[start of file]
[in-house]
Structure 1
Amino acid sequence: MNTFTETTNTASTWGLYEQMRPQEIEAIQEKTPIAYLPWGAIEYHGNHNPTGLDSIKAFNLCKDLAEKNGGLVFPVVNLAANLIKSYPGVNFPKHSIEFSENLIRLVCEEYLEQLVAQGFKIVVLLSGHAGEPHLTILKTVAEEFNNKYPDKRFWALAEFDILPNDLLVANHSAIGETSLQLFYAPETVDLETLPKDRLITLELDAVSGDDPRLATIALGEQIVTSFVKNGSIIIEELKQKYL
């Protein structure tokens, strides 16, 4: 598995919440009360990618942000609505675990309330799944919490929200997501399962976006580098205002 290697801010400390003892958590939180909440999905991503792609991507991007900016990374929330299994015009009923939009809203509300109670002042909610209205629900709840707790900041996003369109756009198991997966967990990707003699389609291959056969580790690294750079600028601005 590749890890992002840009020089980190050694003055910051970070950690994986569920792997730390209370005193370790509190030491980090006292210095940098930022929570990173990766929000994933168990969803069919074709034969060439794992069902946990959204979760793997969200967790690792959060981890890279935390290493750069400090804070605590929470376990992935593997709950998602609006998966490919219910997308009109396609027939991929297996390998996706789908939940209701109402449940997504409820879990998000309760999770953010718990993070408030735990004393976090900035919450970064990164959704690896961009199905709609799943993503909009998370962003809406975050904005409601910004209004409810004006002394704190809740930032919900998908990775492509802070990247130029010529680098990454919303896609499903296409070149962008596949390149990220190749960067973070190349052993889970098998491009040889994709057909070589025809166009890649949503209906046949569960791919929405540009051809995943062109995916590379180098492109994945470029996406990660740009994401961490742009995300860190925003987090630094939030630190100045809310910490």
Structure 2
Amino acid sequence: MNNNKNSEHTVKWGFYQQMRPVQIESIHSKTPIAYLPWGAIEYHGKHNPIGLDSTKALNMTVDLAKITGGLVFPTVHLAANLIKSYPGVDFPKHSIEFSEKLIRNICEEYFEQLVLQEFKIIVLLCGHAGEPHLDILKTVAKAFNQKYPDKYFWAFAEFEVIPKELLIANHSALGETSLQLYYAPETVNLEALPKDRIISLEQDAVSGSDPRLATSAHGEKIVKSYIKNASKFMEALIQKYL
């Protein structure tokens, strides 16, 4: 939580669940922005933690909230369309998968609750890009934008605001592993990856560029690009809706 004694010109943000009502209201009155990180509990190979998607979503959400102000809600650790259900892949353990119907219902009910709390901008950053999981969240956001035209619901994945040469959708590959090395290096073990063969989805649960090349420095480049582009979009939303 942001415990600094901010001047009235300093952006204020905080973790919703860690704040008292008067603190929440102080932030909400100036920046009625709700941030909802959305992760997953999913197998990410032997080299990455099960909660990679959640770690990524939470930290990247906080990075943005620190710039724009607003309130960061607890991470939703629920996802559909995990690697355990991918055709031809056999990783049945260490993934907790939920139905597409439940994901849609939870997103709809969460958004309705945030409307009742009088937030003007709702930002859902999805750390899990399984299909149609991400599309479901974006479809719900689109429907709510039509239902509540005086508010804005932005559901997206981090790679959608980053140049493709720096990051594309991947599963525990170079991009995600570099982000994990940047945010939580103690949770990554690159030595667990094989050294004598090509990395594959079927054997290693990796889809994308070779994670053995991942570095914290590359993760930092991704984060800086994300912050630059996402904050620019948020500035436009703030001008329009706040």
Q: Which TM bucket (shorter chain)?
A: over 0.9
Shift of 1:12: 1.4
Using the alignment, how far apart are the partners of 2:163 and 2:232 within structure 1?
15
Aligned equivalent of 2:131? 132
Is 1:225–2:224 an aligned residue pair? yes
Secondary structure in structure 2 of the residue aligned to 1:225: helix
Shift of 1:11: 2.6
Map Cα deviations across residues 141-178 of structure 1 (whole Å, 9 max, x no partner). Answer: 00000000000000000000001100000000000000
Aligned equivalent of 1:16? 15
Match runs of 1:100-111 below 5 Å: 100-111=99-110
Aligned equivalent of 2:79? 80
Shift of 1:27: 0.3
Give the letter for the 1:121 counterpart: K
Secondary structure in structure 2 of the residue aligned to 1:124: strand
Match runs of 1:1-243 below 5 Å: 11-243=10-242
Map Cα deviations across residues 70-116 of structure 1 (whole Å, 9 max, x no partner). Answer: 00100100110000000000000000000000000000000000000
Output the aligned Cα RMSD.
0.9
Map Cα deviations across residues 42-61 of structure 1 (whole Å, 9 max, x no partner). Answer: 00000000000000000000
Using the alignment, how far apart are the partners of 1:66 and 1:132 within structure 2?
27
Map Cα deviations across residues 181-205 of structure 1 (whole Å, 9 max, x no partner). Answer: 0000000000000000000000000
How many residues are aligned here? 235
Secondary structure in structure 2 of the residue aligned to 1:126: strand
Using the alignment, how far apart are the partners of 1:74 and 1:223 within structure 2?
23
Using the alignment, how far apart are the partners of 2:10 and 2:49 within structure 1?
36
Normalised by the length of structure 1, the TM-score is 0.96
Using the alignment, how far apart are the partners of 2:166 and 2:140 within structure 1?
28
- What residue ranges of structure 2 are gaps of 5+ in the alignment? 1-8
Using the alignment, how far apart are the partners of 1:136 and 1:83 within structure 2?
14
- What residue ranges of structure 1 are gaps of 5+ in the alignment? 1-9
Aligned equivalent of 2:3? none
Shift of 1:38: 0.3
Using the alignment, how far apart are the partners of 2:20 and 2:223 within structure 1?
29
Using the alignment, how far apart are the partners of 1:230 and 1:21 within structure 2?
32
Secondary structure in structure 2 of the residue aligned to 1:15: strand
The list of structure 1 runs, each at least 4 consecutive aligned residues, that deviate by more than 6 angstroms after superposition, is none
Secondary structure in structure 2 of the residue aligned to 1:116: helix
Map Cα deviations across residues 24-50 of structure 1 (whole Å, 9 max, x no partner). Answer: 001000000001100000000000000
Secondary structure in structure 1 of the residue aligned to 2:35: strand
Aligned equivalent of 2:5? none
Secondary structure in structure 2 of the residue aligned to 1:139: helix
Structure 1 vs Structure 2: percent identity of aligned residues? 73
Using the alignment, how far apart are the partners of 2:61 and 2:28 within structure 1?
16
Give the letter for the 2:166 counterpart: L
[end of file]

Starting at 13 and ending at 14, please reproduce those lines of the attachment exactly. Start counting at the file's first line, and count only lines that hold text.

Aligned equivalent of 2:131? 132
Is 1:225–2:224 an aligned residue pair? yes